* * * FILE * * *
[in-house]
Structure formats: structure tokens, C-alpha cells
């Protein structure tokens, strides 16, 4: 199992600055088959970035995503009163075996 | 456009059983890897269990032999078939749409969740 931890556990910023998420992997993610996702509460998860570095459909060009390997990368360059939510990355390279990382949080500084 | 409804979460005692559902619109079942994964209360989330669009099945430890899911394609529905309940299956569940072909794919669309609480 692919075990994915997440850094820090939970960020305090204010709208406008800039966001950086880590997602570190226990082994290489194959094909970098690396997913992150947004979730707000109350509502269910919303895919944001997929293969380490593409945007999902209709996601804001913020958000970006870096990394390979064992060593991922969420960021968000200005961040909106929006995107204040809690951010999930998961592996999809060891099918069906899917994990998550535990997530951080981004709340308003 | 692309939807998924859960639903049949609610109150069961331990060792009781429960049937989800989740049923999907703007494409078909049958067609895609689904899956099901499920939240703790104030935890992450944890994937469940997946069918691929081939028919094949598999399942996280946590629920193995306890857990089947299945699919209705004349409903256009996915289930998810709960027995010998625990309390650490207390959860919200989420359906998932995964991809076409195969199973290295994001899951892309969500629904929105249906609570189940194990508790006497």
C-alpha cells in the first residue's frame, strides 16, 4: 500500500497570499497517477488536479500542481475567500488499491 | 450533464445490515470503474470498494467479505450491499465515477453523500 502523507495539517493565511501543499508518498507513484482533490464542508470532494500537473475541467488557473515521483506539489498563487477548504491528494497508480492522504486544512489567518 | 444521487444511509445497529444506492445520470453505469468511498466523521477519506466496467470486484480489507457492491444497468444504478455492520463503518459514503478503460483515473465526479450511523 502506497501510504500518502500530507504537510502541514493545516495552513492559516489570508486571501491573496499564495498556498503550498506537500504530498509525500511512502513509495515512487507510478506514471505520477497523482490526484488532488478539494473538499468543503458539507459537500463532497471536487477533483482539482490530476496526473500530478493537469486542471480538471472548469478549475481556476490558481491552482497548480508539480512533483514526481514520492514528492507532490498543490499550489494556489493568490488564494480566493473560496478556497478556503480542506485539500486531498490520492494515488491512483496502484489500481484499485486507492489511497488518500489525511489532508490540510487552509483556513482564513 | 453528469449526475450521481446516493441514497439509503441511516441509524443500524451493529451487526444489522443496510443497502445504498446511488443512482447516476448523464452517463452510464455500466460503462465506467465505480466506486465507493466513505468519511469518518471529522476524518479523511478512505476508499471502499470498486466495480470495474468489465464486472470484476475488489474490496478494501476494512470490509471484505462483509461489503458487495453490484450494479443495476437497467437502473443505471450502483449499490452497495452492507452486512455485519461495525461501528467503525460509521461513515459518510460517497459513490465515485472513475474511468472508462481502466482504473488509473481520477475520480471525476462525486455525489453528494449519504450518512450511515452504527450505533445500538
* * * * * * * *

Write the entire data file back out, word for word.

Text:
[in-house]
Structure formats: structure tokens, C-alpha cells
């Protein structure tokens, strides 16, 4: 199992600055088959970035995503009163075996 | 456009059983890897269990032999078939749409969740 931890556990910023998420992997993610996702509460998860570095459909060009390997990368360059939510990355390279990382949080500084 | 409804979460005692559902619109079942994964209360989330669009099945430890899911394609529905309940299956569940072909794919669309609480 692919075990994915997440850094820090939970960020305090204010709208406008800039966001950086880590997602570190226990082994290489194959094909970098690396997913992150947004979730707000109350509502269910919303895919944001997929293969380490593409945007999902209709996601804001913020958000970006870096990394390979064992060593991922969420960021968000200005961040909106929006995107204040809690951010999930998961592996999809060891099918069906899917994990998550535990997530951080981004709340308003 | 692309939807998924859960639903049949609610109150069961331990060792009781429960049937989800989740049923999907703007494409078909049958067609895609689904899956099901499920939240703790104030935890992450944890994937469940997946069918691929081939028919094949598999399942996280946590629920193995306890857990089947299945699919209705004349409903256009996915289930998810709960027995010998625990309390650490207390959860919200989420359906998932995964991809076409195969199973290295994001899951892309969500629904929105249906609570189940194990508790006497």
C-alpha cells in the first residue's frame, strides 16, 4: 500500500497570499497517477488536479500542481475567500488499491 | 450533464445490515470503474470498494467479505450491499465515477453523500 502523507495539517493565511501543499508518498507513484482533490464542508470532494500537473475541467488557473515521483506539489498563487477548504491528494497508480492522504486544512489567518 | 444521487444511509445497529444506492445520470453505469468511498466523521477519506466496467470486484480489507457492491444497468444504478455492520463503518459514503478503460483515473465526479450511523 502506497501510504500518502500530507504537510502541514493545516495552513492559516489570508486571501491573496499564495498556498503550498506537500504530498509525500511512502513509495515512487507510478506514471505520477497523482490526484488532488478539494473538499468543503458539507459537500463532497471536487477533483482539482490530476496526473500530478493537469486542471480538471472548469478549475481556476490558481491552482497548480508539480512533483514526481514520492514528492507532490498543490499550489494556489493568490488564494480566493473560496478556497478556503480542506485539500486531498490520492494515488491512483496502484489500481484499485486507492489511497488518500489525511489532508490540510487552509483556513482564513 | 453528469449526475450521481446516493441514497439509503441511516441509524443500524451493529451487526444489522443496510443497502445504498446511488443512482447516476448523464452517463452510464455500466460503462465506467465505480466506486465507493466513505468519511469518518471529522476524518479523511478512505476508499471502499470498486466495480470495474468489465464486472470484476475488489474490496478494501476494512470490509471484505462483509461489503458487495453490484450494479443495476437497467437502473443505471450502483449499490452497495452492507452486512455485519461495525461501528467503525460509521461513515459518510460517497459513490465515485472513475474511468472508462481502466482504473488509473481520477475520480471525476462525486455525489453528494449519504450518512450511515452504527450505533445500538